Before you start tearing into your beloved ESQ-1, there's a quick fix that may help. Pressing "Record" and "Filter" together starts the filter calibration process. The on-screen results should show a uniform set of numbers.
A Little Background
The Ensoniq ESQ-1 has 8 analog filter chips (1 per voice). The part number is CEM3379, but unfortunately they haven’t been made in many years. I recently had one go bad. This is somewhat common now that these synths are getting older. Fortunately, the repair is pretty straightforward. You won’t even need a soldering iron!
How do you know you have a bad filter chip? The first clue will most likely be random notes that just don’t sound right. Assuming you only have one bad filter chip, one out of about every 8 notes will sound funny. If you select a patch that has a nice, long release, then the overlapping tails should give it away—one note is bad. The long release helps force the computer to not reuse a voice until it absolutely has to.
Hang on! Before you start tearing into your beloved ESQ-1, there’s a quick fix that may help. Pressing “Record” and “Filter” together starts the filter calibration process. The on-screen results should show a uniform set of numbers. In my case, they were all right around 144 except for number 7. Repeating the calibration several times still only got to 118 on voice #7.
Before buying a replacement part, there’s one more temporary fix that might help. You’ll still have to go through the whole process, but instead of putting in a new chip, just remove and re-install the bad one. This helped me for a few years before it finally wouldn’t calibrate.
A quick search on reverb.com, and I found my replacement part. The second row of numbers don’t have to match. Mine didn’t, and it works fine.
Note: I’m basing this repair on my plastic-case ESQ-1. The older metal-case units will be a little different to take apart, but overall procedure is about the same.
To get started, unplug everything and move the synth to a nice work table. Get some foam to put under it cause you’re going to be working on the top and bottom, and you don’t want to damage the top. Avoid causing problems with static electricity by using one of those grounding straps you can wear around your wrist. Or at least don’t scuff your shoes on carpet or a balloon before going any further.
Place the ESQ-1 face-down. Remember to protect the top so the sliders don’t break off. Remove the 10 screws on the bottom which hold the keyboard to the case. (See pic)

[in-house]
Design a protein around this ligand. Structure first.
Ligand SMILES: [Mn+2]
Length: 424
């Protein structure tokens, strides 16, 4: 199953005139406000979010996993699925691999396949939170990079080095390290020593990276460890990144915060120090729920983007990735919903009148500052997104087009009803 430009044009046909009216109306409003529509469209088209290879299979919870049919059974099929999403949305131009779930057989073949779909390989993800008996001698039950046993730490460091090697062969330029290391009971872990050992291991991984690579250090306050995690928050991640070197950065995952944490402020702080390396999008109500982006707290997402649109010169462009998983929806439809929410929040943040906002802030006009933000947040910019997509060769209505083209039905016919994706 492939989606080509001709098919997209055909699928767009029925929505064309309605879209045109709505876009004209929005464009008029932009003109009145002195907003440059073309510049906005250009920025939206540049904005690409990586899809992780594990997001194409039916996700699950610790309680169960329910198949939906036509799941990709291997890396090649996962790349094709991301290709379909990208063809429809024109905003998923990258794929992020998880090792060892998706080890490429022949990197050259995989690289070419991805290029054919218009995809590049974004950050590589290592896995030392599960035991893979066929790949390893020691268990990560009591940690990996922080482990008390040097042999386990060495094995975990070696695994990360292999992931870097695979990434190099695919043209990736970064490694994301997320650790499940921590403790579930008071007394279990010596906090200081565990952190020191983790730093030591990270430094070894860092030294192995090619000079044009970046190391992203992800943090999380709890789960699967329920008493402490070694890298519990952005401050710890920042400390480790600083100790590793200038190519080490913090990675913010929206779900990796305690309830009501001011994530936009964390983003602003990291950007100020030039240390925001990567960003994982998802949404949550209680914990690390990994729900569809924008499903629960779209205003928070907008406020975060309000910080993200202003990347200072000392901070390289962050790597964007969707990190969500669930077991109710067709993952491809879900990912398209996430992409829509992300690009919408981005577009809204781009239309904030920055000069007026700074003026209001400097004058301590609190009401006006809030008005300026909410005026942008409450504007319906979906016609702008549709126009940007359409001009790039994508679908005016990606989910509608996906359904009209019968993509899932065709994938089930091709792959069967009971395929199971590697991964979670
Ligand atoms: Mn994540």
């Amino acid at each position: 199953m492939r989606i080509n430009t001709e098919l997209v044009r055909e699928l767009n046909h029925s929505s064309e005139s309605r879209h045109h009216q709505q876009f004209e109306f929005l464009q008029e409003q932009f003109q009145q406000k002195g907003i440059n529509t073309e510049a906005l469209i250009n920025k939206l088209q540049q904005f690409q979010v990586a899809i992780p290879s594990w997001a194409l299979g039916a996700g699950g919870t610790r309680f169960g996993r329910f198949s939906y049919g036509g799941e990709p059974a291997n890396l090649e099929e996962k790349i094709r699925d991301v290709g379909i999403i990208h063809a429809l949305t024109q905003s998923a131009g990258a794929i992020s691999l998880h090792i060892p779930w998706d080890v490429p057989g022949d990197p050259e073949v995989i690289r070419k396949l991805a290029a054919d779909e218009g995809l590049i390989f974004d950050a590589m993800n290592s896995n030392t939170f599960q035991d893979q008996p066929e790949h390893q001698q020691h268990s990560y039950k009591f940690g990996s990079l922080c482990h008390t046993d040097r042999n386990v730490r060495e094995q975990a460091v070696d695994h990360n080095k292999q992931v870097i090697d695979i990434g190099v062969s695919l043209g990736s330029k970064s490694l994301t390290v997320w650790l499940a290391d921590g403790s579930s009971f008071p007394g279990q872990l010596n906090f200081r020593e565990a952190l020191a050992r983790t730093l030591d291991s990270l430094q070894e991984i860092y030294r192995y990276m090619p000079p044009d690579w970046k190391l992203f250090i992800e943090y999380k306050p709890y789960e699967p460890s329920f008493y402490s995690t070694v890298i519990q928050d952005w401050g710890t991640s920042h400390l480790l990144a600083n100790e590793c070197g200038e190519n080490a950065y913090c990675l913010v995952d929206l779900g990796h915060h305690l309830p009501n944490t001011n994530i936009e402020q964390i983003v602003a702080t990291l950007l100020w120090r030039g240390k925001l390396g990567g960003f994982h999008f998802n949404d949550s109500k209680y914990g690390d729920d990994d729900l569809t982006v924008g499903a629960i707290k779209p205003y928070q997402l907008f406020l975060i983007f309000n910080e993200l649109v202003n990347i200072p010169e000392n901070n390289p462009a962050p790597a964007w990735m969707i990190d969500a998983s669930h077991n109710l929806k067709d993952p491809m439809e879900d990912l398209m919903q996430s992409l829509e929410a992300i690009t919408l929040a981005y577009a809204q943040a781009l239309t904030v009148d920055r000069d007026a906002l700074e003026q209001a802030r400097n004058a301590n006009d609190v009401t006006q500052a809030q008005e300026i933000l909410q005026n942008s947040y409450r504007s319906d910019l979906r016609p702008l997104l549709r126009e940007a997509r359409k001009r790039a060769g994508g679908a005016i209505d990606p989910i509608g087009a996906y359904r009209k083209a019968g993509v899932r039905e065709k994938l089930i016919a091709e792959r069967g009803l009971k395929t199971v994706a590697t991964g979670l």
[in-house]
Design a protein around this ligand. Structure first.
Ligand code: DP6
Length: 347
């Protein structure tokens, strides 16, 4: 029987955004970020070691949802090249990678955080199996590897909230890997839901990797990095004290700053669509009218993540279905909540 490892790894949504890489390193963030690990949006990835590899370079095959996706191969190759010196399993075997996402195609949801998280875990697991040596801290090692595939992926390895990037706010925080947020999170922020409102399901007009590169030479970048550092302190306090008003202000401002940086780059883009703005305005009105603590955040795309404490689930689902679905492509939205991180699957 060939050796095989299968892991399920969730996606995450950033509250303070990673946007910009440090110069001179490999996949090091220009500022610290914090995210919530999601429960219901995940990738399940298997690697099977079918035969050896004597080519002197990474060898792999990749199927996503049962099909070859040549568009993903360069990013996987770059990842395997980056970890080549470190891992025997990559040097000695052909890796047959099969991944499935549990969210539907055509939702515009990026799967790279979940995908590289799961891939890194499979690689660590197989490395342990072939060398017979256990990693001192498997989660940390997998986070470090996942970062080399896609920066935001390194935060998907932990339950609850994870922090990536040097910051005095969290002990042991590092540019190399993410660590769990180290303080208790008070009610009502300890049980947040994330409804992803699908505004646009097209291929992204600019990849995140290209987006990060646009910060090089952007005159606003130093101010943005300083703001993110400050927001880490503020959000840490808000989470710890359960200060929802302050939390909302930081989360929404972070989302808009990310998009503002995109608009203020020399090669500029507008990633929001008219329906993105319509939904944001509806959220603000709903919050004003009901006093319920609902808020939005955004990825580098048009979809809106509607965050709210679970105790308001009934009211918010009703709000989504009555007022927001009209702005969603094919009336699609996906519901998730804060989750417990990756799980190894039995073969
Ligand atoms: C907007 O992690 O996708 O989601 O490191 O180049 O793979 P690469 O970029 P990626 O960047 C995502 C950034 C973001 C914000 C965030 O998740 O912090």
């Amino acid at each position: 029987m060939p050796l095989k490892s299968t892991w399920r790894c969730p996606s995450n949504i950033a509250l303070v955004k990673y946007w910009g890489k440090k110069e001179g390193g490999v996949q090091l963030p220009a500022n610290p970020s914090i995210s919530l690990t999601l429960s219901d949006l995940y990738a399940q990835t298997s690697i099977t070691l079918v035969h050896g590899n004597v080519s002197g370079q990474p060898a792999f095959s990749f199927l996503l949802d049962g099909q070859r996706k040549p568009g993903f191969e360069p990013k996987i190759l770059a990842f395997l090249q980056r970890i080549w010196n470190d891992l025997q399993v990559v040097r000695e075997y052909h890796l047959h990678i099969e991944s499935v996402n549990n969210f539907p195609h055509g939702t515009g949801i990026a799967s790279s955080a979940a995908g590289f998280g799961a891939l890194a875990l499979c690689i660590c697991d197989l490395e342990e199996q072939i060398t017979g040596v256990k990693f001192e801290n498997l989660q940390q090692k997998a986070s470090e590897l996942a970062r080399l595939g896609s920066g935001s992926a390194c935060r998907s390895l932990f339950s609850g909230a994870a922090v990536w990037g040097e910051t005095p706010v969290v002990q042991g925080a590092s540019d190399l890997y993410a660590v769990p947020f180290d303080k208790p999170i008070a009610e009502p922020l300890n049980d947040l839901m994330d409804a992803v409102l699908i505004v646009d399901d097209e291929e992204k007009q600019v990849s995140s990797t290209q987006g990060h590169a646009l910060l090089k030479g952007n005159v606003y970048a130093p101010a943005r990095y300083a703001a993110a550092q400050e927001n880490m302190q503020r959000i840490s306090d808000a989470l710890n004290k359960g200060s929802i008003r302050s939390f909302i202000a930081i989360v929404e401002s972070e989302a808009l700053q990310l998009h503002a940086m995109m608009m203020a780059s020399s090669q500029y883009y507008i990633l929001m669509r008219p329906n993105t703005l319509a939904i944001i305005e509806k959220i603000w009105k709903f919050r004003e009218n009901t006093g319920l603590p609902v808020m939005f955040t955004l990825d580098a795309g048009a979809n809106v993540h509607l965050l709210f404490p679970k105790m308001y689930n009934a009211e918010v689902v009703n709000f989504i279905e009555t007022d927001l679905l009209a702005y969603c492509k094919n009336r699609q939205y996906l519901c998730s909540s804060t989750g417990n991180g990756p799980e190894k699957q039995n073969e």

Carefully turn it over. The keyboard is loose, but it shouldn’t rattle around too much. Use an H2.5 hex bit screwdriver to remove the four top-case screws. The lid is on a hinge, so it should just swing open. Sometimes my lid gets stuck, jiggle it to lift it up.
Remove 6 phillips (ph2) screws holding down the metal shield. Remove the connectors going through the shield. It might be handy to use a small flat-head screwdriver to pry the connector free before pulling up. Remove the shield. Be careful, it might be sharp.
Remove the keyboard. It will take a little twiddling to get it out. Once you get it part way out, remove the connector on the back. Take note which way the red stripe on the ribbon cable goes. Mark the board with a red pen if you’re forgetful like me. You don’t have to take out the whole keyboard, but it is probably time to clean it anyway.
Now comes the fun part. Find the bank of filter chips. They’re on the far right of the circuit board. Fortunately, they are in sockets rather than soldered to the board. Find the chip that corresponds to the number that failed when you attempted the filter calibration. In my case it was number 7. Honestly, I guess which one was 7, and I was right. Near as I can tell, number one is on the left column nearest the back of the synth. The left column is 1-4, the right column is 5-8 with number 8 closest to the front of the synth. If you have an IC puller, use that to gently lift the IC out of the socket. I used a small, angled pick and a small flat-head screwdriver. Install the new chip in the socket by carefully lining up all the pins and making sure the chip numbers read the same direction as all the rest of them. Gently press it into the socket all the way.
At this point you could re-assemble, but I chose to test it first. You’ll need to reconnect the connectors that went through the metal shield, but you can leave the keyboard disconnected. Close the lid, connect up the power and turn it on. Everything should work as usual. Run the filter calibration procedure (Record + Filter). This time you should see an improvement in the previously failed voice. Yay!
Turn off the synth, disconnect power and you’re ready to re-assemble. But while you have it open, now is a good time to do some maintenance. Use some compressed air to blow out the dust from the case and from the detached keyboard. But be careful not to dislocate moving parts under the keyboard (like the felt strip).
Now is also a good time to replace the battery. This, however does require soldering, so it takes this job to the next level of complexity we won’t cover here.
Go ahead and re-assemble. You’re back in business!